There are no Victoria’s Secret stores in New Albany. The customary two-toned, pink-striped and glossy black storefront would stick out like a sore thumb among the village center’s sea of sensible brick buildings.
New Albany’s matching architecture and the endless white fencing, while charming to some, are what keep others away.
“It’s a community where if you drive around, you know what you’re getting yourself into,” said Jim Lenner, manager of neighboring village Johnstown.
He added that New Albany is a great town to have next door, and the municipalities often work together. “Obviously, it appeals to a lot of people, but there are also people who aren’t interested in living there because they don’t want their house to look like their neighbor’s.”
Not to mention the fact that the cost of living in New Albany presents an insurmountable barrier to most Ohioans.
“It’s certainly true that the Wexner family cares a lot about poor people and has done a fair number of charitable things; but it also seems to be true that this product doesn’t seem to be aimed at poor people,” said Harvard University economist Ed Glaeser. “You can call that a flaw or just the way it’s designed. It’s not about providing affordable housing.”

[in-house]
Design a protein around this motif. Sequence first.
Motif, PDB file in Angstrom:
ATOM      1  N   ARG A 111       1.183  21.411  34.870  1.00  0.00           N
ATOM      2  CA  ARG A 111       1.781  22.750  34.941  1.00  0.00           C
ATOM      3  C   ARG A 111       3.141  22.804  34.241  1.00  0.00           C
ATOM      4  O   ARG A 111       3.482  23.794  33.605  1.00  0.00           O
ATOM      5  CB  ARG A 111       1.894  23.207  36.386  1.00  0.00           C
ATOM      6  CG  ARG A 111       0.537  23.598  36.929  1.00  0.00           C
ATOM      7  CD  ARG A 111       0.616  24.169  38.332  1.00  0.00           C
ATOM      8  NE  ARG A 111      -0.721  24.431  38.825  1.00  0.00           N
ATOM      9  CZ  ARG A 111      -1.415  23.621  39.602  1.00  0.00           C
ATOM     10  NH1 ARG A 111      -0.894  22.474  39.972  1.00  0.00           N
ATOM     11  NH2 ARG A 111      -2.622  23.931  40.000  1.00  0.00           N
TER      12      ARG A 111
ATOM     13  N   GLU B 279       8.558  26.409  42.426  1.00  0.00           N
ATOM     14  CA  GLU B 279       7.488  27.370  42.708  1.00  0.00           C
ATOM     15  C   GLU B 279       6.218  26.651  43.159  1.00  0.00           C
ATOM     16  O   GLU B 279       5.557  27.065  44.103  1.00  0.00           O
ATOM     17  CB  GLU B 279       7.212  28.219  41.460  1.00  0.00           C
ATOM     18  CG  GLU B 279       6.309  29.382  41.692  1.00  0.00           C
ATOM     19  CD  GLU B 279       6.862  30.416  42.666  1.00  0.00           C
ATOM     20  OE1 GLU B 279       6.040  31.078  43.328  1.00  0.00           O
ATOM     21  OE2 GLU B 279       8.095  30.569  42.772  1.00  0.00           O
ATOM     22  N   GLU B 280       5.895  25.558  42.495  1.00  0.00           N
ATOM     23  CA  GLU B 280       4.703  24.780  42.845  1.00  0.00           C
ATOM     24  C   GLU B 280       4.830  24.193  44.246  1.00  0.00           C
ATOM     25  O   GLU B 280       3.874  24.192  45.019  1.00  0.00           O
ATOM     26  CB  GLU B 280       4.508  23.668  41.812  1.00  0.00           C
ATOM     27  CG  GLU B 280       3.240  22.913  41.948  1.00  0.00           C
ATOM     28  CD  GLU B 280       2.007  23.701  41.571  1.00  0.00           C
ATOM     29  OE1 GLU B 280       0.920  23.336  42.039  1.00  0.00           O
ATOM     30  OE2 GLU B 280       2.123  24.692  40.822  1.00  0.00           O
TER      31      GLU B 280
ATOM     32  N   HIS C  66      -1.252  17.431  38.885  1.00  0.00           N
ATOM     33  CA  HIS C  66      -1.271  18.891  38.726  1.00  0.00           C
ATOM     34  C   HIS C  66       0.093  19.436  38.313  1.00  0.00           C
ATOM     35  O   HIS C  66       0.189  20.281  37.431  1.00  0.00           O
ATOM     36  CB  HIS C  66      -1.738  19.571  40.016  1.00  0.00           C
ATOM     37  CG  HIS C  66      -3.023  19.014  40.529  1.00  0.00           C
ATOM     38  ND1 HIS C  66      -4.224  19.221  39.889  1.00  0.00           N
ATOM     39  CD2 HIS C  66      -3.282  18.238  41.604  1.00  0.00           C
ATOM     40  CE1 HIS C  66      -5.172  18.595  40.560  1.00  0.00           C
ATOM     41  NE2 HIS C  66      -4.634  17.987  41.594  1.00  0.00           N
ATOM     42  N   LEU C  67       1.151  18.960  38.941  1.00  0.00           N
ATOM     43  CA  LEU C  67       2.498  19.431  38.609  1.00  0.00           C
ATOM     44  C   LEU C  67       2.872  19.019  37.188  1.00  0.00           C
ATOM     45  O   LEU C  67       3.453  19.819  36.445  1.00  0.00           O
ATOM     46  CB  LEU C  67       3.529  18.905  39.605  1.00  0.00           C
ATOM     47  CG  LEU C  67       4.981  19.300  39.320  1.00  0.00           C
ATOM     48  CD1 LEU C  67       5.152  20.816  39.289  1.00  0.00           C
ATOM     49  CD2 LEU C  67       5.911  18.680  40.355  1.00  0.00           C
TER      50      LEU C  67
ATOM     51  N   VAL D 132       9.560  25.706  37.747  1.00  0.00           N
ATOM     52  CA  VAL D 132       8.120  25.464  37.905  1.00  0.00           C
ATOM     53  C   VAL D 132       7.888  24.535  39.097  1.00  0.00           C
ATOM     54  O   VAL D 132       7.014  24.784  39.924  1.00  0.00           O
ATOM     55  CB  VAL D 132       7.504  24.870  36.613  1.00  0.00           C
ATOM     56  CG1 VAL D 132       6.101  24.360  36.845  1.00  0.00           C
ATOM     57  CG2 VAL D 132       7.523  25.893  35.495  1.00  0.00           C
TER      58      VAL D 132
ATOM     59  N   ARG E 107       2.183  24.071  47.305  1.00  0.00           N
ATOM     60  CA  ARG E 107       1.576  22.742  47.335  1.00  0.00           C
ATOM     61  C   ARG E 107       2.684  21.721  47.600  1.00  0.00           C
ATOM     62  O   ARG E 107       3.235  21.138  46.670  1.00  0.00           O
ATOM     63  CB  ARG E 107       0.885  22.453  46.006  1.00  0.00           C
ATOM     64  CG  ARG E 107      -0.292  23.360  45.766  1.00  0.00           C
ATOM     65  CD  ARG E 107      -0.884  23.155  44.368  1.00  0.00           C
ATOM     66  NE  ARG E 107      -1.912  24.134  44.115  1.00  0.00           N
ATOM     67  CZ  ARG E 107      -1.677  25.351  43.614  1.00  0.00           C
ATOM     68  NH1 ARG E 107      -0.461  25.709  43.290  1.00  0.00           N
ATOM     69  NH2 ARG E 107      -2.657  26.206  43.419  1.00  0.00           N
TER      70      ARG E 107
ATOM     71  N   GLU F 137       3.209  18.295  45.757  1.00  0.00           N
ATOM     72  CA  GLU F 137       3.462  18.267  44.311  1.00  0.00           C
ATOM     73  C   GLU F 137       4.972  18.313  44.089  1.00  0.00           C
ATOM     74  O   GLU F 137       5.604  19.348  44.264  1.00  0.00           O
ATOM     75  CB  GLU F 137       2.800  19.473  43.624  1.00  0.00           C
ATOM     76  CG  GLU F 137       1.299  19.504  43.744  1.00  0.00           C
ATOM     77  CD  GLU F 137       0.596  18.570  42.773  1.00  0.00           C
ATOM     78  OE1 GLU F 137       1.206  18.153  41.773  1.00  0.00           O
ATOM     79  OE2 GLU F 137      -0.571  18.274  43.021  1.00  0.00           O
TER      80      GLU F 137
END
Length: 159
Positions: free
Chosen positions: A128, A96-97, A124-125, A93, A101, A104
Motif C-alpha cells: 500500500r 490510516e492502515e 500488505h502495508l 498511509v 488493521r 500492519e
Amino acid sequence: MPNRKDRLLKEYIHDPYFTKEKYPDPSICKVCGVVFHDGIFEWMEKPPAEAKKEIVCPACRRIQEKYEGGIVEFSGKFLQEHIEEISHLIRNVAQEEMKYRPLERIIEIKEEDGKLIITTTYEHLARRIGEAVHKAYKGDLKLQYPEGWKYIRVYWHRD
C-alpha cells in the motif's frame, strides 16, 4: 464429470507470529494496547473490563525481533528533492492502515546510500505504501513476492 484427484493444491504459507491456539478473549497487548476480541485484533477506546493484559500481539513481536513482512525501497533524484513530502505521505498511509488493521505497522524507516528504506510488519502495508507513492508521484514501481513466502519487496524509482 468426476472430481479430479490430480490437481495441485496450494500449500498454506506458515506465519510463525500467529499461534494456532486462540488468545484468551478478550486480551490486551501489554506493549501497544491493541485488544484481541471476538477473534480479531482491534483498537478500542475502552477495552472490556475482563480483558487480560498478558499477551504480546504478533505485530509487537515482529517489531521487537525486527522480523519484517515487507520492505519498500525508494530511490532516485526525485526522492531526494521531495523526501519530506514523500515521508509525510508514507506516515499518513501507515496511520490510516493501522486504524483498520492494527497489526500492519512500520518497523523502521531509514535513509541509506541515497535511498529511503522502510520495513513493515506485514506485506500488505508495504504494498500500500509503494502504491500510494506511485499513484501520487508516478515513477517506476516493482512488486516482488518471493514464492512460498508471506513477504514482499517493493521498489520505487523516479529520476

The concept of a town built by one man isn’t all that un-American, Glaeser said. William Levitt created suburbs—“Levittowns”—after World War II for returning veterans and their families. In Texas, oil investor George Mitchell constructed the Woodlands, and Celebration, Florida, was built near Disney World by the Walt Disney Co.
After all, in America, the land of opportunity, if you’re rich enough, you can pursue your passions and hobbies to the fullest. Wexner’s hobby just happens to be master planning.
“If you told a Frenchman or a German that this was happening, they’d look at you like you were mad,” said Glaeser.
So, in addition to Wexner’s more typical billionaire possessions—a 17th century mansion in the U.K. that hosts pheasant shoots and a $39 million (35 million euros) super-yacht called Limitless, of all things—he has a bespoke society.
Wexner’s company still owns about 2,000 acres, according to a New Albany Co. spokeswoman—that’s more than 20% of the town. The billionaire continues to live there and spends Saturday mornings driving around to make sure everything is “remaining true to the original vision.” But Wexner is not only the town’s creator and overseer; he’s also just another resident.
“He’s parking the car at the Kroger and doing some grocery shopping,” said Spalding. “I pass him on the way to work every now and then. It’s hard to be an average guy when you’re a billionaire, I suppose, but he’s out in the community a lot.”
To contact the author of this story: Sophie Alexander in New York at firstname.lastname@example.org